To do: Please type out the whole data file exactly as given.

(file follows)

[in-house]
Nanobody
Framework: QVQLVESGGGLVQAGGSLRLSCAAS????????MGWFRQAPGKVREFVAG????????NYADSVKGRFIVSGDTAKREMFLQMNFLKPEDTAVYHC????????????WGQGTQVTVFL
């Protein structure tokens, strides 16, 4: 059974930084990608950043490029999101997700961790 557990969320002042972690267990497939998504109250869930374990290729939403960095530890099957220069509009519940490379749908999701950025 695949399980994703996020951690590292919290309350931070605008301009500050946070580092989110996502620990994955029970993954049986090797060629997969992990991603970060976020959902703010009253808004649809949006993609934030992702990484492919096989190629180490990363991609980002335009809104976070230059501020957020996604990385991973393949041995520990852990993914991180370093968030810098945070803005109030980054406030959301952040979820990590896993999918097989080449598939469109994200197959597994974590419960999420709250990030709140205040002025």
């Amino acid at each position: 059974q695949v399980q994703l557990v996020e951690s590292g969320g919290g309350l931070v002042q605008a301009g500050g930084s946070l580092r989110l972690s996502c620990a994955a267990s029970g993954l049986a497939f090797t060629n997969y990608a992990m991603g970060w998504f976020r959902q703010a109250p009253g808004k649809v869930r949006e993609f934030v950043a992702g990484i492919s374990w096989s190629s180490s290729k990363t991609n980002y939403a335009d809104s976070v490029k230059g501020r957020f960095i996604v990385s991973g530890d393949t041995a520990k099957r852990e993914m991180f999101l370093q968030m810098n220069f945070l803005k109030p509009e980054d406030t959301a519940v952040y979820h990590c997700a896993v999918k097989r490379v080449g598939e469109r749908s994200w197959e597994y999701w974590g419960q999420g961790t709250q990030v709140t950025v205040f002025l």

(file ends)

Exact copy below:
[in-house]
Nanobody
Framework: QVQLVESGGGLVQAGGSLRLSCAAS????????MGWFRQAPGKVREFVAG????????NYADSVKGRFIVSGDTAKREMFLQMNFLKPEDTAVYHC????????????WGQGTQVTVFL
């Protein structure tokens, strides 16, 4: 059974930084990608950043490029999101997700961790 557990969320002042972690267990497939998504109250869930374990290729939403960095530890099957220069509009519940490379749908999701950025 695949399980994703996020951690590292919290309350931070605008301009500050946070580092989110996502620990994955029970993954049986090797060629997969992990991603970060976020959902703010009253808004649809949006993609934030992702990484492919096989190629180490990363991609980002335009809104976070230059501020957020996604990385991973393949041995520990852990993914991180370093968030810098945070803005109030980054406030959301952040979820990590896993999918097989080449598939469109994200197959597994974590419960999420709250990030709140205040002025």
């Amino acid at each position: 059974q695949v399980q994703l557990v996020e951690s590292g969320g919290g309350l931070v002042q605008a301009g500050g930084s946070l580092r989110l972690s996502c620990a994955a267990s029970g993954l049986a497939f090797t060629n997969y990608a992990m991603g970060w998504f976020r959902q703010a109250p009253g808004k649809v869930r949006e993609f934030v950043a992702g990484i492919s374990w096989s190629s180490s290729k990363t991609n980002y939403a335009d809104s976070v490029k230059g501020r957020f960095i996604v990385s991973g530890d393949t041995a520990k099957r852990e993914m991180f999101l370093q968030m810098n220069f945070l803005k109030p509009e980054d406030t959301a519940v952040y979820h990590c997700a896993v999918k097989r490379v080449g598939e469109r749908s994200w197959e597994y999701w974590g419960q999420g961790t709250q990030v709140t950025v205040f002025l």